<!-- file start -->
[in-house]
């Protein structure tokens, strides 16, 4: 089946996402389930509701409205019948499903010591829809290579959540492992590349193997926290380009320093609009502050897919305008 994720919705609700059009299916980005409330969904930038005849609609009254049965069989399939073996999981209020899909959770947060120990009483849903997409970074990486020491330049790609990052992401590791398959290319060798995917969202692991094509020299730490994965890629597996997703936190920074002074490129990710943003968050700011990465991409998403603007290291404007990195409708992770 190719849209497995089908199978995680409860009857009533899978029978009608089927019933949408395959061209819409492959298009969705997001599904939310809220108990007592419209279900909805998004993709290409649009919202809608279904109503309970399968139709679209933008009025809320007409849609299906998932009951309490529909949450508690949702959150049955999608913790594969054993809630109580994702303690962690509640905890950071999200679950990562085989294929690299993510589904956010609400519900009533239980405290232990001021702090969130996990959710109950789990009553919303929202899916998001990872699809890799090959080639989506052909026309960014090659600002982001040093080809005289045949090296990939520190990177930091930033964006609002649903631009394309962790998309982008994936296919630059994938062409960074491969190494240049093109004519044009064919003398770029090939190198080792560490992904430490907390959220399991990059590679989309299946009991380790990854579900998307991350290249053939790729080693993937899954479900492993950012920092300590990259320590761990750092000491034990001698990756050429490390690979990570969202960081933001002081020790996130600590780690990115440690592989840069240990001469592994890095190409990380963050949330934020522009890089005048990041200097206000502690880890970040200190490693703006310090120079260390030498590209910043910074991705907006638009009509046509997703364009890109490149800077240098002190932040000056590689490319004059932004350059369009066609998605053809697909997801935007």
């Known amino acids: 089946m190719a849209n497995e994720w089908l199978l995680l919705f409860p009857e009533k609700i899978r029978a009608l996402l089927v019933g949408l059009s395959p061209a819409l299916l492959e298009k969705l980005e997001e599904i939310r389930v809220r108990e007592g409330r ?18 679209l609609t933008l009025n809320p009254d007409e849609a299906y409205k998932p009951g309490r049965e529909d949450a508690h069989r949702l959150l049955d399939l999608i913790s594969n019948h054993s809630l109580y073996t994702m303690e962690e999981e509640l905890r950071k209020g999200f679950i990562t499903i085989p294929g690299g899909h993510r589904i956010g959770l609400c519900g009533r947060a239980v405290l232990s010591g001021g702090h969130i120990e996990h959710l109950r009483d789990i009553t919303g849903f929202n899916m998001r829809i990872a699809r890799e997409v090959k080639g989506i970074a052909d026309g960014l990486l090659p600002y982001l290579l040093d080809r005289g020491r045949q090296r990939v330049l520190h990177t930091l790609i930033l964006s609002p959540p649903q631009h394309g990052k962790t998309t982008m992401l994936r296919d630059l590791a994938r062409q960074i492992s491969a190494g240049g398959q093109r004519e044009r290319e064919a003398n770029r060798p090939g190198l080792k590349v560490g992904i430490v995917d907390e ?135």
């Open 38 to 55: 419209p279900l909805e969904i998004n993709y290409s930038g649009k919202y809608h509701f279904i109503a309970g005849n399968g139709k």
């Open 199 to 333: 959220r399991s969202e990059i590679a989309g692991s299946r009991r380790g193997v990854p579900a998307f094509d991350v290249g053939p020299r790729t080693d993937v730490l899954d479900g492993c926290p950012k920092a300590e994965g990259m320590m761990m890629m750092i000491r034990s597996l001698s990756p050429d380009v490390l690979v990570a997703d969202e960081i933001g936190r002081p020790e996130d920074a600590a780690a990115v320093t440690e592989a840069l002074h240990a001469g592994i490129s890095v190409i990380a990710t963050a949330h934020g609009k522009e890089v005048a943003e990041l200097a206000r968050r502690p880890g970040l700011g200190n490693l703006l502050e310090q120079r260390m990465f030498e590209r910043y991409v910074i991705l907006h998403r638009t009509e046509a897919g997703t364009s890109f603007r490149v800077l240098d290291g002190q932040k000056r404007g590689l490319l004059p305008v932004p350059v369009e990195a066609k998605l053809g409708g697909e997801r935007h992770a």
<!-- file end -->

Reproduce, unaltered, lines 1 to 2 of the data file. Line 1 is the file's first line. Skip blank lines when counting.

[in-house]
């Protein structure tokens, strides 16, 4: 089946996402389930509701409205019948499903010591829809290579959540492992590349193997926290380009320093609009502050897919305008 994720919705609700059009299916980005409330969904930038005849609609009254049965069989399939073996999981209020899909959770947060120990009483849903997409970074990486020491330049790609990052992401590791398959290319060798995917969202692991094509020299730490994965890629597996997703936190920074002074490129990710943003968050700011990465991409998403603007290291404007990195409708992770 190719849209497995089908199978995680409860009857009533899978029978009608089927019933949408395959061209819409492959298009969705997001599904939310809220108990007592419209279900909805998004993709290409649009919202809608279904109503309970399968139709679209933008009025809320007409849609299906998932009951309490529909949450508690949702959150049955999608913790594969054993809630109580994702303690962690509640905890950071999200679950990562085989294929690299993510589904956010609400519900009533239980405290232990001021702090969130996990959710109950789990009553919303929202899916998001990872699809890799090959080639989506052909026309960014090659600002982001040093080809005289045949090296990939520190990177930091930033964006609002649903631009394309962790998309982008994936296919630059994938062409960074491969190494240049093109004519044009064919003398770029090939190198080792560490992904430490907390959220399991990059590679989309299946009991380790990854579900998307991350290249053939790729080693993937899954479900492993950012920092300590990259320590761990750092000491034990001698990756050429490390690979990570969202960081933001002081020790996130600590780690990115440690592989840069240990001469592994890095190409990380963050949330934020522009890089005048990041200097206000502690880890970040200190490693703006310090120079260390030498590209910043910074991705907006638009009509046509997703364009890109490149800077240098002190932040000056590689490319004059932004350059369009066609998605053809697909997801935007």